Monday, 23 April 2007

Professor John Hedgecoe & The Machin Design

Every one knows Arnold Machin created the bust that the famous stamps came from. What is not generally known is the involvement of top photographer Professor John Hedgecoe. Professor Hedgecoe worked closely with Arnold Machin and his photographs of the Queen in 1965 were fundamental to the design.

The iconic image created by the two men has been reproduced over 175 billion times since its creation! But history has tended to gloss over Professor Hedgecoe's role, giving all the credit to the equally deserving Arnold Machin. The definitives are even referred to as "Machins".
It’s only in the last few years that Hedgecoe’s part in the stamps has been universally recognised.

The first day cover from Buckingham Covers for the Machin’s 40th Anniversary seeks to redress the balance and celebrates Professor Hedgecoe, without whom the definitive stamps would not exist as we know them.

Click on the the link ( above) , When it opens you will be directed to a link where you can see and purchase covers from this great selection that are available from just £9.95.

These covers are based on Professor Hedgecoe's photographic work while working with Arnold Machin. They also has a special London postmark.


larry said...

Very interesting topic.

Buckingham has another page about the subject at
which implies that Hedgecoe took the photographs of Machin's sculpture and those photographs were in turn used to produce the stamps. That's false. Machin took those photographs. This became a news story in its own right a few years back when someone asked Machin about that. Machin noted that he struggled to get the right lighting, and finally found it by taking the picture outside on a foggy London day.

The camera that Machin used for that purpose has been preserved and was on display at The Stamp Show 2000 in London.

Apparently, what did happen is that Hedgecoe took some photographs of The Queen, and Machin may have used these to help create his sculpture.

Hedgecoe had to sue Royal Mail in 2000 in order to get recognition for his part in the process, and he won. As a result, Hedgecoe is mentioned by Royal Mail whenever the origin of the Machin stamp design is discussed.

There's some information about it on my web site at

Interestingly, Hedgecoe is not mentioned in Machin's posthumously published memoirs, Machin, Artist of an Icon.

Also, Machin was very familiar with The Queen because she sat for him several times when he was developing his sculpture that was used on coins (this was a few years before the stamp was designed). Still, he may have found Hedgecoe's photographs helpful.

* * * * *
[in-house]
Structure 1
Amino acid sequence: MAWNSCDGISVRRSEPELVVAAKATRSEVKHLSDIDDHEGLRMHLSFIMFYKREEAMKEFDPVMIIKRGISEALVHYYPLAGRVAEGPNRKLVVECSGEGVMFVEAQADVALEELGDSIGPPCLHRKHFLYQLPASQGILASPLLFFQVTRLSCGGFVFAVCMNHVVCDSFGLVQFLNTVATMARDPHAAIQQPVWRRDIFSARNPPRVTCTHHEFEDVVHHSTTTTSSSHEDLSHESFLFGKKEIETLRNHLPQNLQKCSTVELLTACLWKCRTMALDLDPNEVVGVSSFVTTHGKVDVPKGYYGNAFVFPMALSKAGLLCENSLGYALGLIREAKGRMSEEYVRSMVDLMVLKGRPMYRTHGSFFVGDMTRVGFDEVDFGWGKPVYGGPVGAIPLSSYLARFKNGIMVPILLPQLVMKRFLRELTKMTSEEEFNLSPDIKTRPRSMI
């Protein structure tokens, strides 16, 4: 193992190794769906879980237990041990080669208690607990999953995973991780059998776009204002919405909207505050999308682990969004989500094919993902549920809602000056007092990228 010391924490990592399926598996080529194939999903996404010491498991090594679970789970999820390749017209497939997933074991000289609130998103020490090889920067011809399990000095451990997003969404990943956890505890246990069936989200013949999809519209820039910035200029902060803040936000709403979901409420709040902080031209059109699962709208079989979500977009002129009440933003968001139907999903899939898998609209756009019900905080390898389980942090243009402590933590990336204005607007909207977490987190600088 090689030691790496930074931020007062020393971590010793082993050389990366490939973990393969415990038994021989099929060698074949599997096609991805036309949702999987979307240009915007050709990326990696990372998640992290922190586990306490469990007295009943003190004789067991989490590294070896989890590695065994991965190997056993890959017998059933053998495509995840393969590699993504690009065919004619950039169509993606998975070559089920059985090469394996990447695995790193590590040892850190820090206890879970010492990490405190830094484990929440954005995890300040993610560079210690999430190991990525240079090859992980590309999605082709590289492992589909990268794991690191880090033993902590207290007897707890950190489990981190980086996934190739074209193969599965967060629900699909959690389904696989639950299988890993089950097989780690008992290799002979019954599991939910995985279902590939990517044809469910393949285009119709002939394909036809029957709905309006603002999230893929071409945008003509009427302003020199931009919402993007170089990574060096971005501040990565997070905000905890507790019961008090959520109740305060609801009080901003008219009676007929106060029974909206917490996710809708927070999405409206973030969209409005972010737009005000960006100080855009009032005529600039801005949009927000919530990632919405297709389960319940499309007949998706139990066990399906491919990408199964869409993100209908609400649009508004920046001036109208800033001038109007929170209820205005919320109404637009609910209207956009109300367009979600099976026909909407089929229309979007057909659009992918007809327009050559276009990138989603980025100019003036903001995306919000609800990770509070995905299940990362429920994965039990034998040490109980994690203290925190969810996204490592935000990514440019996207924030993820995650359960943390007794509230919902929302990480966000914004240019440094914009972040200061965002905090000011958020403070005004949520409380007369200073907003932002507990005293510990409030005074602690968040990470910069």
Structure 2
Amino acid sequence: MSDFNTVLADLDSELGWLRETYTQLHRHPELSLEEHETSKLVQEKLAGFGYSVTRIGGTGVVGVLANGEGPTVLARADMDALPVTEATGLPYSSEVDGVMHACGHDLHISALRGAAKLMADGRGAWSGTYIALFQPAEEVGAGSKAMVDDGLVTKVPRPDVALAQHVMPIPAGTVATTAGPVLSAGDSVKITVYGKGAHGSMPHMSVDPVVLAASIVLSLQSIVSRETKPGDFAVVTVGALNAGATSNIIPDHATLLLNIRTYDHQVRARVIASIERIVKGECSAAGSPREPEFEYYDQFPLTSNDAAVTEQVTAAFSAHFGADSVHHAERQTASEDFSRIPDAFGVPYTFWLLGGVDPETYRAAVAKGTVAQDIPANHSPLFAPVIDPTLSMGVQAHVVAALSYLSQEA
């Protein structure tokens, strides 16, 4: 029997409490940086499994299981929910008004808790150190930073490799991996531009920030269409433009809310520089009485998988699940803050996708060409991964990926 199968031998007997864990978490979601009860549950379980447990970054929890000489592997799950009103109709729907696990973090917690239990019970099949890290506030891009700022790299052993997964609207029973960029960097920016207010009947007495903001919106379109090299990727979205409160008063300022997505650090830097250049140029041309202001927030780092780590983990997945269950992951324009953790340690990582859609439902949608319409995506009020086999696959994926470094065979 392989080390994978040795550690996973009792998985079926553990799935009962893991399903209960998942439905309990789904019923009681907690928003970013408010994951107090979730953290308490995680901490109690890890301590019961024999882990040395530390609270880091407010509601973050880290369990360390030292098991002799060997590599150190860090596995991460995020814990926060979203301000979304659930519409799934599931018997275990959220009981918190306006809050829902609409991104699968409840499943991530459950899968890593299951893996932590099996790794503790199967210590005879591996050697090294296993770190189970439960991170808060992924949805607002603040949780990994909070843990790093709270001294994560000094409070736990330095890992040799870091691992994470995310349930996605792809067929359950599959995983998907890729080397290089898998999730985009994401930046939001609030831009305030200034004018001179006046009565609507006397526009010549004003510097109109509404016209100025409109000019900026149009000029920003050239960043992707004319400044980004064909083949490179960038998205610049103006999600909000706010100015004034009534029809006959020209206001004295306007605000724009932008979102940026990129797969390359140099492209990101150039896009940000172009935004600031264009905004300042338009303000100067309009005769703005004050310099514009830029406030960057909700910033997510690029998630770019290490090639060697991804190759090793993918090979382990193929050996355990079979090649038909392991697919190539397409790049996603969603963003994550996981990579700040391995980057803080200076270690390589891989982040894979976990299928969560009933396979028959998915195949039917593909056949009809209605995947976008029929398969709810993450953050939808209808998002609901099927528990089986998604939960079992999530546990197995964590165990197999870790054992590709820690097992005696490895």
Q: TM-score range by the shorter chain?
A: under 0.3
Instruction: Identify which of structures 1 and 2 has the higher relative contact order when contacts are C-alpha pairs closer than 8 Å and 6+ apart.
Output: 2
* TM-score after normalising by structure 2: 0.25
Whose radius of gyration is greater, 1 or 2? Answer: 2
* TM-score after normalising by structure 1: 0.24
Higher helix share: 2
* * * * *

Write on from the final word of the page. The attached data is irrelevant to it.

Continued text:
Perhaps the whole story will be told in Douglas Muir's upcoming book. I hope so.

Machin Man said...

Thanks Larry, for setting the story right. Perhaps we should now call this site Hedgecoe Hysteria? :-)


Anonymous said...

Buckingham Covers thinks it's a real shame people are still not acknowledging Hedgecoe with the credit he deserves. Machin was a brilliant man and remains a giant in the world of postal history. Tony Buckingham was proud to consider Arnold Machin a personal friend and we have nothing but the highest regard for him. But we also feel that it is only fair to give John Hedgecoe credit too for the part he played in creating the famous image.

The following link goes to a letter Hedgecoe wrote to Buckingham Covers. which may be of interest.

Hedgecoe has already won a law suit against Royal Mail, so people should be careful denying Hedgecoe's involvement, as there is considerable evidence to prove otherwise. Royal Mail would not have back tracked and given him credit for no reason! He's also a lovely man who, we suspect, it a little bewildered and hurt by the way he has been treated over this issue.

Surely it is acceptable to admire both men? They are both extremely talented and while, no-one would deny that Machin was the main creator of the image, Hedgecoe played an important role.

Machin Man said...

"we suspect, it a little bewildered and hurt by the way he has been treated over this issue."

I agree, I would be a little hurt also. I would like to thank Buckingham Covers for addressing the issue.

With his phographs,Hedgecoe captured the original profile and played an VERY important role, without them there would be no Machin as we know it.

Bravo Professor !